Barbie Week: Life Can Still Be Fantastic!

Reconciling between girlhood and womanhood with Barbie (2023)

Kassandra Phung · September 25, 2023

6 min read

I can’t recall when Barbie stopped being my friend, and started being my competition. 

Sasha (Ariana Greenblatt) in Greta Gerwig’s Barbie is quick to point this out to Stereotypical Barbie (Margot Robbie) at their first encounter. Asserting that Barbie has pushed feminism back 50 years due to her unrealistic beauty standards, Barbie is faced with the harsh truth of the real world, a juxtaposition to the world of Barbieland where women are not only capable of anything, but are also in charge of everything. Kens on the other hand…well, they don’t really matter, as exemplified by Ken’s (Ryan Gosling) job title: beach.

The movie’s premise revolves around Barbie’s sudden “defects.” From thoughts of death, to flat feet, Barbie encounters real world “imperfections” and is determined to find her owner in the real world to “fix it.” Ken tags along of course, only to feel empowered by the patriarchy of our reality. In fact, as Barbie returns to Barbieland with Sasha and her mother, Gloria (America Ferrera), Barbie finds that Ken has turned Barbieland to Kendom Land. Here, the power of Barbies have not only been subverted, but Barbies have become subject to the Kens— something the Kens were never put through in Barbieland, because even in a world where women ruled, men still had agency. And whilst there’s a lot more to state about the portrayal of patriarchy in the movie, I don’t think that that is where Barbie shined brightest.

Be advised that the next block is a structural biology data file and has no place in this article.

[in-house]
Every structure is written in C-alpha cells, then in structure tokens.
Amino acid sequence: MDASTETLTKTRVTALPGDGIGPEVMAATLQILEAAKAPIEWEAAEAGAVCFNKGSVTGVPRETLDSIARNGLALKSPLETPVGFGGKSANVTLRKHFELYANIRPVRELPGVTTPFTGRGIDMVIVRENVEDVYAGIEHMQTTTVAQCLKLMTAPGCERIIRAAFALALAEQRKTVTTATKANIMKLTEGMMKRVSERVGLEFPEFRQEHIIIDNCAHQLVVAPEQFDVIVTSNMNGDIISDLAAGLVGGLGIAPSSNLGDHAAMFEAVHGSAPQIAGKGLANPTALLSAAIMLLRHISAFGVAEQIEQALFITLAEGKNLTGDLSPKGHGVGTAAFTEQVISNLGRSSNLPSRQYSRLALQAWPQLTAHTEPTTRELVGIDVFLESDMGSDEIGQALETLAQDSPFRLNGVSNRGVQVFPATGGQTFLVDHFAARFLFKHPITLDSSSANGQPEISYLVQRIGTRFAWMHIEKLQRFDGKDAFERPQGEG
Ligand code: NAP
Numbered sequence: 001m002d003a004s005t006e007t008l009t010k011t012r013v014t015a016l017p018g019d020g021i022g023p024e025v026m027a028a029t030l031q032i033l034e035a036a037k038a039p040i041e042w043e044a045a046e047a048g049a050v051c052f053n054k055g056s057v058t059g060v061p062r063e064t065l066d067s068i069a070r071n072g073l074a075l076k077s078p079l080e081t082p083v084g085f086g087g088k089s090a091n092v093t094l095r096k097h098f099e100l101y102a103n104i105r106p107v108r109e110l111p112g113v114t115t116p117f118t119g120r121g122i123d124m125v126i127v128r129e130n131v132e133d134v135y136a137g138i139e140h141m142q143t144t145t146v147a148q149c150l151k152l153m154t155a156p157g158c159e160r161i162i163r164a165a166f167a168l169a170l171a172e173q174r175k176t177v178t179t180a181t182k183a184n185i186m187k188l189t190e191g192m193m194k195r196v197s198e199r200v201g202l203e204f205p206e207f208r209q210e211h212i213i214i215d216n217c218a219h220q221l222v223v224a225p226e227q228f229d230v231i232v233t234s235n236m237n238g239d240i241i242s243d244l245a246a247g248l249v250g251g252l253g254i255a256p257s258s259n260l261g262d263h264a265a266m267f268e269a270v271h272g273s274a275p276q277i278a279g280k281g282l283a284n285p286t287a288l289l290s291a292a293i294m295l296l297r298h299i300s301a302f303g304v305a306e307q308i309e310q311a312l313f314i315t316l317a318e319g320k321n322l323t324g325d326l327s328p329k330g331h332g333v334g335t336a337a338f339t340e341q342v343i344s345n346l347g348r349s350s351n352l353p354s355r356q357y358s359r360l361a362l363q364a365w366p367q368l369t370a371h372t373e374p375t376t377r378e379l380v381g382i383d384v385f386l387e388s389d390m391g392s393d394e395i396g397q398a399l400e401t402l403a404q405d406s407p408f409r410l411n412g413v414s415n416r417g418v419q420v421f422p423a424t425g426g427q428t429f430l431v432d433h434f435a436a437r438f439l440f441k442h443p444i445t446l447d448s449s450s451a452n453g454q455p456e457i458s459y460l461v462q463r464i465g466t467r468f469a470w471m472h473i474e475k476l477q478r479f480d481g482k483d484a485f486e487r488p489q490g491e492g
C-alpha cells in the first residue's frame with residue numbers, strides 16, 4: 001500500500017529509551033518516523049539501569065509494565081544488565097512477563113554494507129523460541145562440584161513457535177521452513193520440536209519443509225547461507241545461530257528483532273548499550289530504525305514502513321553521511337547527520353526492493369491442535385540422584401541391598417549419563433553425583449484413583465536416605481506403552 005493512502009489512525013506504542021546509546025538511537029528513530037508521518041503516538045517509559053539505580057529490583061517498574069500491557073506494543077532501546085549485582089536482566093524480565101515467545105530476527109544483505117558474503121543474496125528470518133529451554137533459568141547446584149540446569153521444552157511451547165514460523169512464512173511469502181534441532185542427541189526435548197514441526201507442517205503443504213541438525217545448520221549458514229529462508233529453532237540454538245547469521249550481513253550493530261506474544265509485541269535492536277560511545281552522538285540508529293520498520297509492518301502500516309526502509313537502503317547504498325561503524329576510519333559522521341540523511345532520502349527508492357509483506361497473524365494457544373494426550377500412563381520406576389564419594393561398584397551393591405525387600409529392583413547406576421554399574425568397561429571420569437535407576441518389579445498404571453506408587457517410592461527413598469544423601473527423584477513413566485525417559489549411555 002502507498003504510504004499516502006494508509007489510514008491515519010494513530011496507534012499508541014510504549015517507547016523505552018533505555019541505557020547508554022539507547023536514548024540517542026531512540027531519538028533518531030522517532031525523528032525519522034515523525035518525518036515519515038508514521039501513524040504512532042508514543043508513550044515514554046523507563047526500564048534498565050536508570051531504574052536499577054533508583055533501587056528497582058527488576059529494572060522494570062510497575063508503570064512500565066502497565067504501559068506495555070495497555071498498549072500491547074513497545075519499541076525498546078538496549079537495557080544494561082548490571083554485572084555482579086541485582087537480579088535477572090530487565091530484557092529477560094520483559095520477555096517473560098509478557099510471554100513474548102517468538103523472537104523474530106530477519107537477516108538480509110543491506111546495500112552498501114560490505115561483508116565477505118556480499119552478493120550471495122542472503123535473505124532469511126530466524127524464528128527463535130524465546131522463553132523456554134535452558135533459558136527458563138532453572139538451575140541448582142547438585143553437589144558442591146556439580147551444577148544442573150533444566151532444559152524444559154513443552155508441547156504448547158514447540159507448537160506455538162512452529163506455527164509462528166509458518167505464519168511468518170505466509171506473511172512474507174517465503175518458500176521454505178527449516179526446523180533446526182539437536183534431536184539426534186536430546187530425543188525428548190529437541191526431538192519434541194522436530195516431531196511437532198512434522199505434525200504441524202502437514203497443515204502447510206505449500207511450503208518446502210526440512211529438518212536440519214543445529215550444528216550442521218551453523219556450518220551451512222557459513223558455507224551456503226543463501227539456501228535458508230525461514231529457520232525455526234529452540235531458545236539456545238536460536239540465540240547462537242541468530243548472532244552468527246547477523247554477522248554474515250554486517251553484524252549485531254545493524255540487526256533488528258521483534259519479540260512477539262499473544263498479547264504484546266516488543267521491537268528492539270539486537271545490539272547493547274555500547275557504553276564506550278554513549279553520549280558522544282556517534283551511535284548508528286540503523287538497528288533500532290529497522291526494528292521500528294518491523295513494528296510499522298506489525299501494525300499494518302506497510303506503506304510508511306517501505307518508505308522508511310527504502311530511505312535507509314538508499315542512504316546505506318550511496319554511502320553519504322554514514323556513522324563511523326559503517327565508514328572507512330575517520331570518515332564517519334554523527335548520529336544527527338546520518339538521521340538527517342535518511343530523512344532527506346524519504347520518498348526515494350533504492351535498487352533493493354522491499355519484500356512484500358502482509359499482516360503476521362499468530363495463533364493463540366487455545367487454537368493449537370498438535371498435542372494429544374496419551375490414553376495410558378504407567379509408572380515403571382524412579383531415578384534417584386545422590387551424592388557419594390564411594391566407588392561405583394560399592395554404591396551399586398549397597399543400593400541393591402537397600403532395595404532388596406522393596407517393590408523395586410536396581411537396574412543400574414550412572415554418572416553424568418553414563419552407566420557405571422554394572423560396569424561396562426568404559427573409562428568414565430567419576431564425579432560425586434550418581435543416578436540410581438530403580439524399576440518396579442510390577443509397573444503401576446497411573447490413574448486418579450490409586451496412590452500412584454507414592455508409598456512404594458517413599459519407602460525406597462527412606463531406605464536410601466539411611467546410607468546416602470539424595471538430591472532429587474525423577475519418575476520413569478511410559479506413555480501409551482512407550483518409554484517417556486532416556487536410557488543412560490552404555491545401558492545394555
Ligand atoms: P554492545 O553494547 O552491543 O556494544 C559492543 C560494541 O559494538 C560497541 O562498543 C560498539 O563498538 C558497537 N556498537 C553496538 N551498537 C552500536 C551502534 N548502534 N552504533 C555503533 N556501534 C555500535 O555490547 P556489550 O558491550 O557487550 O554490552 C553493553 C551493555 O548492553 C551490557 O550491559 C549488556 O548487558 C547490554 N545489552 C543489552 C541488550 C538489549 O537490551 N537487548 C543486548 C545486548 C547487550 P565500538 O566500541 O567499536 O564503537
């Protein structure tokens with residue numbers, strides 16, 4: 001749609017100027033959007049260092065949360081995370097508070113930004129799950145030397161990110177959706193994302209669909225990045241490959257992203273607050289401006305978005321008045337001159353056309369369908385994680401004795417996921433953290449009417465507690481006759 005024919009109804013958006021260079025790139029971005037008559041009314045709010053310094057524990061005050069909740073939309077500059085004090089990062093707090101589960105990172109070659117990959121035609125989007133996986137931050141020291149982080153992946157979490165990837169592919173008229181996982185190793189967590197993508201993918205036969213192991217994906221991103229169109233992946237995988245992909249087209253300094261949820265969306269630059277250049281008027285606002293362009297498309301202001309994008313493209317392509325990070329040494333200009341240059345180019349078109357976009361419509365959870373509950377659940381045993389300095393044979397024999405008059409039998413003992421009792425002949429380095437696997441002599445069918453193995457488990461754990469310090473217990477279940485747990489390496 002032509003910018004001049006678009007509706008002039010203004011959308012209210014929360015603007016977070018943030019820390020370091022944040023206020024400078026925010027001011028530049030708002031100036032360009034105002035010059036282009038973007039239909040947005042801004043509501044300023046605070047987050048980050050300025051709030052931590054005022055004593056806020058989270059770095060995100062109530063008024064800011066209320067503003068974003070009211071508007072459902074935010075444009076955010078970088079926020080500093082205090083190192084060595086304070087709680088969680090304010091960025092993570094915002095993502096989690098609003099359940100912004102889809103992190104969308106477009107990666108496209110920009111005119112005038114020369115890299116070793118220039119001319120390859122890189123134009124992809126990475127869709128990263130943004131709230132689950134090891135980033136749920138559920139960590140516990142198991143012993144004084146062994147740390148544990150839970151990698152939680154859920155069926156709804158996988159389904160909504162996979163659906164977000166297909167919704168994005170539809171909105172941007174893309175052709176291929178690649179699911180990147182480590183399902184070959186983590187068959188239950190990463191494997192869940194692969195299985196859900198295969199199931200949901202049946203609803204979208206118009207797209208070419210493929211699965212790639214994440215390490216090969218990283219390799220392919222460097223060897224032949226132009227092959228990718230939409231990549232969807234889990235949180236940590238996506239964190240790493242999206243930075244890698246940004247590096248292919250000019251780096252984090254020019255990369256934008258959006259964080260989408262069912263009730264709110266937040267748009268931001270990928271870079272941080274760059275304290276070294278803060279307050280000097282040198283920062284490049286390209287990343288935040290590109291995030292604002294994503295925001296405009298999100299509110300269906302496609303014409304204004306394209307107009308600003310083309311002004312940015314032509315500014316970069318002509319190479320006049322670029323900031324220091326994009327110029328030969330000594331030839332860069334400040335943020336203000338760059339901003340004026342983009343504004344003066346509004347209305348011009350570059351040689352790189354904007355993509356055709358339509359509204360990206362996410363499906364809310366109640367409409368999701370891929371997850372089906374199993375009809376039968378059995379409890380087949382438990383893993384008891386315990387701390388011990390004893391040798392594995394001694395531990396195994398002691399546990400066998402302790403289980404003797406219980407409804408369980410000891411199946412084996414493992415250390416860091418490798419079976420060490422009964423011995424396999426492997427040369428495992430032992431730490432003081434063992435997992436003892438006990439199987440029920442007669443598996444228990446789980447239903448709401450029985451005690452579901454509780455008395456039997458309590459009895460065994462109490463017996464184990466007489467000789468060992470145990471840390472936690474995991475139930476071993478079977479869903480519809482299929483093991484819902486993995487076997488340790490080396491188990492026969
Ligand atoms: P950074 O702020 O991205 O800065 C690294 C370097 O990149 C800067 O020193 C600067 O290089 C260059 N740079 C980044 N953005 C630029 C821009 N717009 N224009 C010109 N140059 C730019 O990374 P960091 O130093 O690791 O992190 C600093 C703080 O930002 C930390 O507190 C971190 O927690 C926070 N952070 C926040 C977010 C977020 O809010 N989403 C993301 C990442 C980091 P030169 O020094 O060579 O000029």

I think Barbie defined itself as a classic in its perfect portrayal of girlhood, and more importantly, the pains of leaving girlhood. Barbie’s turbulent journey is a reflection of every girl’s lived (or to-be-lived) reality. Defined by our sudden self-awareness and disappointment in our place in society, leaving girlhood is akin to Barbie leaving Barbieland. Barbie grapples with reality the same way girls do as they grow up. I remember a time when I was, and maybe I still am, Sasha— resentful of the fantasy we were sold. We wake up one morning, just as Barbie did, to discover our socially engineered flaws and the ways we should fix them. A perpetual house of mirrors, with every turn bringing a new distortion to our sense of self, our mere existence became synonymous with damnation; a damned if we do, damned if we don’t world. 

So do we remain complacent to societal pressures, or do we attempt to rebel against them? Perhaps many of us chose to walk the fine line that separated the two. I remember recognizing the rejection of femininity within our society as a young girl, and as such, within myself as a young woman. Subconsciously or not, I’ve carefully tiptoed along some imaginary tightrope of an “acceptable” femininity, hyper aware of the ways I allowed myself to be perceived. And I’m sure I’m not alone in all of this. Between terms like “pick me girls,” and “bimbos,” misogyny remains culturally entrenched in the ways in which we perceive femininity, or the rejection of it. Sasha was right in saying that men hate women, women hate women, and it’s the one thing we can all agree on— because womanhood ultimately feels like a never-ending uphill battle to hate ourselves a little less. Gloria’s poignant monologue addresses this issue, and the extent as to which these distortions have permeated into everything a woman is, or could be.